With thanks to Sky Sports for the below article.
British Olympic shot putter Sophie McKinna has come out as gay, saying now is the right time to speak publicly about her sexuality as she prepares for the 2024 Paris Olympics.
Close friends and family of McKinna have known for some years of her sexuality, but the 28-year-old told Sky Sports News: “It’s about time I wasn’t just supported in this environment but by the wider community.”
McKinna is now the only openly gay current Team GB track and field athlete. British Olympic race walker Tom Bosworth, who came out in 2015, retired from racing last year.
Speaking to former race walker Tom Bosworth, McKinna said: “As an athlete, you need all the grey matter between your ears to be free, you need to be able to be yourself. And a happy athlete is ultimately a performing athlete.
“That’s why I want to publicly talk about it [my sexuality].
“Over the last year or so, I’ve been in situations where I’ve been asked to almost dial it down, or hide it, and I just don’t want to do that anymore.”
McKinna added: “I’m really working hard on clearing all of those obstacles, if you like, before the Olympics.
“It’s another rock out of the backpack.”
McKinna is a six-time national champion shot putter, while she placed 17th at the Covid-postponed Tokyo Olympics in the summer of 2021.
Her profile as an athlete was also a major contributing factor to her decision to come out publicly.
“It has been a bit of a battle,” McKinna said. “Part of me is of the mindset: ‘I don’t want this to overshadow my sporting career. I don’t want it to become ‘gay shot putter does this,’ ‘gay shot putter does that.’
“I still want to be Sophie. Ultimately, it doesn’t affect my sporting performance and doesn’t define me as a person.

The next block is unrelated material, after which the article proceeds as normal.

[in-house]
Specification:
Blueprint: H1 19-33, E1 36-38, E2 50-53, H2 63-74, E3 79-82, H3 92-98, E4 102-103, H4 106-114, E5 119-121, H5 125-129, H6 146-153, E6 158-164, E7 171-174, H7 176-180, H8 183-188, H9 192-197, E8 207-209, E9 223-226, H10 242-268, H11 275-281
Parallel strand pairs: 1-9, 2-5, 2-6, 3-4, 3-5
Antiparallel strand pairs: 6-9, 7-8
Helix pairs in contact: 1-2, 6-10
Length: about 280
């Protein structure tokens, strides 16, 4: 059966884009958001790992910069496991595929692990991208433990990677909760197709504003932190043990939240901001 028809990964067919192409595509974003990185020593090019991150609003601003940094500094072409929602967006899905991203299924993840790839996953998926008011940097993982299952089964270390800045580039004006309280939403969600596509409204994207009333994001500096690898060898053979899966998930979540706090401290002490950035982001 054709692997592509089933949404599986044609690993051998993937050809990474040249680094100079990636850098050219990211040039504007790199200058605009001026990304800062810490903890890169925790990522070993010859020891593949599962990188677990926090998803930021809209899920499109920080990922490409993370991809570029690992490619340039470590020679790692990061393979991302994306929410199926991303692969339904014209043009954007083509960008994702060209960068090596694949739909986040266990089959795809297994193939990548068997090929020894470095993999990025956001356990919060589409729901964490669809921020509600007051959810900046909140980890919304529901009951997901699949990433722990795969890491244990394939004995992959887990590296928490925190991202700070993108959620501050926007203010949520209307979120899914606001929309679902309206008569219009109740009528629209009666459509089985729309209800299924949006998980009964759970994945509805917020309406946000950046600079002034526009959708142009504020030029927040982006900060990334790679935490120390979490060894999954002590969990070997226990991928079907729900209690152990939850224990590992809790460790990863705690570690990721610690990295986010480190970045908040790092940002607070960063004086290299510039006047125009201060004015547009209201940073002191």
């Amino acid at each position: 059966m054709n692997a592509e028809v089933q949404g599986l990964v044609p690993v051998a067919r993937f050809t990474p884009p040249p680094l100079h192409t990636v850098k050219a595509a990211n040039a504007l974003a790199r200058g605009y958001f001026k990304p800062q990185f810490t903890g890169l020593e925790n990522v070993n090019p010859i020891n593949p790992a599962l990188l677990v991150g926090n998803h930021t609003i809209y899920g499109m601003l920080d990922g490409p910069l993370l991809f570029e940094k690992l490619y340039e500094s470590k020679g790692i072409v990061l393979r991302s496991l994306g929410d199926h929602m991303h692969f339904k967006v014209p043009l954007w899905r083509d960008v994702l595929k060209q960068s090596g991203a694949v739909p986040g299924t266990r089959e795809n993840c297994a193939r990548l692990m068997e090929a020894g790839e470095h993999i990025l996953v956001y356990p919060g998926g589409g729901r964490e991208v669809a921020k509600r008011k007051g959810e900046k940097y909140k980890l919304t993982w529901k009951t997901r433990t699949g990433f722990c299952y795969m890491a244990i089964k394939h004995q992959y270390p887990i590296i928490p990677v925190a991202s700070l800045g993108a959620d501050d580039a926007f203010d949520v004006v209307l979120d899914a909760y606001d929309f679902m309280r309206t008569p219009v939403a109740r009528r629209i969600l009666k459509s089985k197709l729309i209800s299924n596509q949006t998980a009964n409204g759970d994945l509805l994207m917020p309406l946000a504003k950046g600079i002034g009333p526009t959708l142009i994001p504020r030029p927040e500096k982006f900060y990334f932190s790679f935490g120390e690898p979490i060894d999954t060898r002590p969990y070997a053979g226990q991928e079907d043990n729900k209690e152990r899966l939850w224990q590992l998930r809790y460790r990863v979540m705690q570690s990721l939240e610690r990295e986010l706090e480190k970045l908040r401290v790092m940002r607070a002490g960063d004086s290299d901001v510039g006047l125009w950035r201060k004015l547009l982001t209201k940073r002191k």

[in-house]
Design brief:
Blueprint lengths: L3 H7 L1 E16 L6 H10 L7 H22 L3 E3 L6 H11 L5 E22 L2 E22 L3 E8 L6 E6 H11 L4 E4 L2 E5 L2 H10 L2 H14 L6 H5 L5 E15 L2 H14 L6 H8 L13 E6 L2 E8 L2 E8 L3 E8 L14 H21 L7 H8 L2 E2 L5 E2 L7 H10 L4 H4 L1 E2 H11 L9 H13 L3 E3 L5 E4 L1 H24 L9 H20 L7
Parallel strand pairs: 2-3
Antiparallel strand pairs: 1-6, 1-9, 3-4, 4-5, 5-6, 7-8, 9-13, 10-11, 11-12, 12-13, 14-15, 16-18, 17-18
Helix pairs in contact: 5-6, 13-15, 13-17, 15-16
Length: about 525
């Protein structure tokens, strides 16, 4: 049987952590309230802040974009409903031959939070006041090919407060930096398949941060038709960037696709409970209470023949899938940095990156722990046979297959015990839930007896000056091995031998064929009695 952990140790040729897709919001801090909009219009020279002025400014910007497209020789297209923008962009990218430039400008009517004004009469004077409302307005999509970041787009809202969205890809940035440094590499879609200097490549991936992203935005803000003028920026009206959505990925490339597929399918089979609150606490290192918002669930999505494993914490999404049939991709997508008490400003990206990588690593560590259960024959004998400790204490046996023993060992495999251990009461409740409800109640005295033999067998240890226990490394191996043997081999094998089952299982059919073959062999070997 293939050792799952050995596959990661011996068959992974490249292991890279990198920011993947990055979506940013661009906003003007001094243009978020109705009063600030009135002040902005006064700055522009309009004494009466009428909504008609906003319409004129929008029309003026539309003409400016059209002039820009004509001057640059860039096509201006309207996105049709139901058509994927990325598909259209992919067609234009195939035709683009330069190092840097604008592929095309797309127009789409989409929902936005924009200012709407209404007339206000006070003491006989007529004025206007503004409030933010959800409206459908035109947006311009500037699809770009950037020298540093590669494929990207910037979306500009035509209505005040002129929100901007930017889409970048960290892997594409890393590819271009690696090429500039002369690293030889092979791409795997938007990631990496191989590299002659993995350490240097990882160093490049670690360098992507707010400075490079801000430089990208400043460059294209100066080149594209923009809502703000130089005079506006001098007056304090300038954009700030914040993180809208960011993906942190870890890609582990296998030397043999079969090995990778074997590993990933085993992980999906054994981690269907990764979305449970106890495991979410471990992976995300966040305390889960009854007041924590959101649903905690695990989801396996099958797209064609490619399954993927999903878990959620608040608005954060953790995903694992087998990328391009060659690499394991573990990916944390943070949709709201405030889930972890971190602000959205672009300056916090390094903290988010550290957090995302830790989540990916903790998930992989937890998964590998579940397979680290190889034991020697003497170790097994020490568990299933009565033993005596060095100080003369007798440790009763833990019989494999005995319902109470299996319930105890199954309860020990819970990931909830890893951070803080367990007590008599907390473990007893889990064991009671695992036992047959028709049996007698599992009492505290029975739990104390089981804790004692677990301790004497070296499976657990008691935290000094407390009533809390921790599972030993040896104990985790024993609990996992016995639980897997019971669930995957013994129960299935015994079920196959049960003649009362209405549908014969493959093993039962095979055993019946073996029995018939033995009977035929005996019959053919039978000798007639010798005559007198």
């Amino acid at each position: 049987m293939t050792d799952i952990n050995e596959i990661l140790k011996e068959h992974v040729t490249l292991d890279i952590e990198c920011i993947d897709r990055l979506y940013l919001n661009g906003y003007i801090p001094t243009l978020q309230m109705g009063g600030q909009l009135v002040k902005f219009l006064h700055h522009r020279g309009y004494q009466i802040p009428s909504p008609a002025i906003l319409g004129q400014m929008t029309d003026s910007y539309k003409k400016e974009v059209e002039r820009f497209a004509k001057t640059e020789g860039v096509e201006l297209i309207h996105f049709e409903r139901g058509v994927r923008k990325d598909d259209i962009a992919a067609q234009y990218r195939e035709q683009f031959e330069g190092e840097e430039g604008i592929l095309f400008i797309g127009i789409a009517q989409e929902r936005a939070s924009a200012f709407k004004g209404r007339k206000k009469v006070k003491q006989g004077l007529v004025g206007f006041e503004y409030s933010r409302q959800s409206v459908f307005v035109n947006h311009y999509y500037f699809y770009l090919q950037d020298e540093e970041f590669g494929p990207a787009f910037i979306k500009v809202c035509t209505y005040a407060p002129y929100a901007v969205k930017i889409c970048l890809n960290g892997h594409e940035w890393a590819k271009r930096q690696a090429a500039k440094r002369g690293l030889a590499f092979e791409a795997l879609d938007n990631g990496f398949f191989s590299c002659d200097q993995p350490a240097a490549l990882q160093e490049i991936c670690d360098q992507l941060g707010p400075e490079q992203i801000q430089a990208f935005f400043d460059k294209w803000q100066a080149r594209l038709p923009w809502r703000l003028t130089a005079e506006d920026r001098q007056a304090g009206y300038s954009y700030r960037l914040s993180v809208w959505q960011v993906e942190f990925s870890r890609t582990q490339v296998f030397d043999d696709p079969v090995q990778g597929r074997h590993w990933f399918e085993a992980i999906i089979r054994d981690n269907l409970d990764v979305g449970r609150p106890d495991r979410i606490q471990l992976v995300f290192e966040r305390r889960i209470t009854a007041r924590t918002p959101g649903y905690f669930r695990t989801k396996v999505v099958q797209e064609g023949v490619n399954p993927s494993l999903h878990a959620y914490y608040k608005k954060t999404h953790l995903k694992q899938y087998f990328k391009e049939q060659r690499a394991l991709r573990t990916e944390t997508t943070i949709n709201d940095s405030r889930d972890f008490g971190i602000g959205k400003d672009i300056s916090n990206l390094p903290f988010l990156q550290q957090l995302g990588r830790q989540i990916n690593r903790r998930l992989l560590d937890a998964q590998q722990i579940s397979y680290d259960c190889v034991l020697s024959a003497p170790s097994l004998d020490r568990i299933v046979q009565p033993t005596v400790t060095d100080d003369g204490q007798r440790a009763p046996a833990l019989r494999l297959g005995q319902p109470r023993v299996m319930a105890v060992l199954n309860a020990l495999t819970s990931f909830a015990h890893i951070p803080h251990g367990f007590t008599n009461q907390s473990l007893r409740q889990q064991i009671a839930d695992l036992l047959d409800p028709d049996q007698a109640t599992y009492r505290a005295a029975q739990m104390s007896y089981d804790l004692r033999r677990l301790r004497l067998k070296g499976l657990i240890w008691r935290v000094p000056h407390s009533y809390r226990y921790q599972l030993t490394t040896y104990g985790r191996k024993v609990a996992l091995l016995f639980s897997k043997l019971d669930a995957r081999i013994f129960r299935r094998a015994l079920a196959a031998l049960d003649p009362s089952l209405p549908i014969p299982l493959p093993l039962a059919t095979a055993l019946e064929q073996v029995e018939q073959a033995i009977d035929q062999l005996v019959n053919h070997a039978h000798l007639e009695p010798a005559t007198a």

“That was one of the big reasons why I didn’t discuss this publicly, but, at the same time, I realised I have a really valuable platform and maybe I could help somebody else who is in two minds about discussing it publicly – or even personally, with family and friends.”
McKinna added: “I hope and think it will be a really positive response. Hopefully the world is changing, and I certainly think less people are bothered – which is actually a good thing, even if it sounds like a bad thing.
“It is becoming so normalised, and that’s great.”
As for her ambitions at Paris next year, McKinna is of the belief that her coming out will only aid her preparations and performance for Team GB at the Olympics.
“When I go to the Olympics next year, I want to be able to have my family, my partner and my friends there supporting me,” she said.
“I don’t want that to be a shock or a surprise, and I don’t want that to be the first time people ask me these questions. I don’t want to have to live my life secretly.
“I think my performance will only improve by doing this.
“It takes another thing out of the back of my mind that I don’t have to be concerned about or be anxious about. As a top athlete, that’s super important.
“For me, it has been a massive feeling of freedom.”
The BEAA runs an LGBTQ+ athletes’ network to support and connect elite LGBTQ+ sportspeople. To join or for more information, email BEAA.LGBTQ@britisheliteathletes.org.Access our support >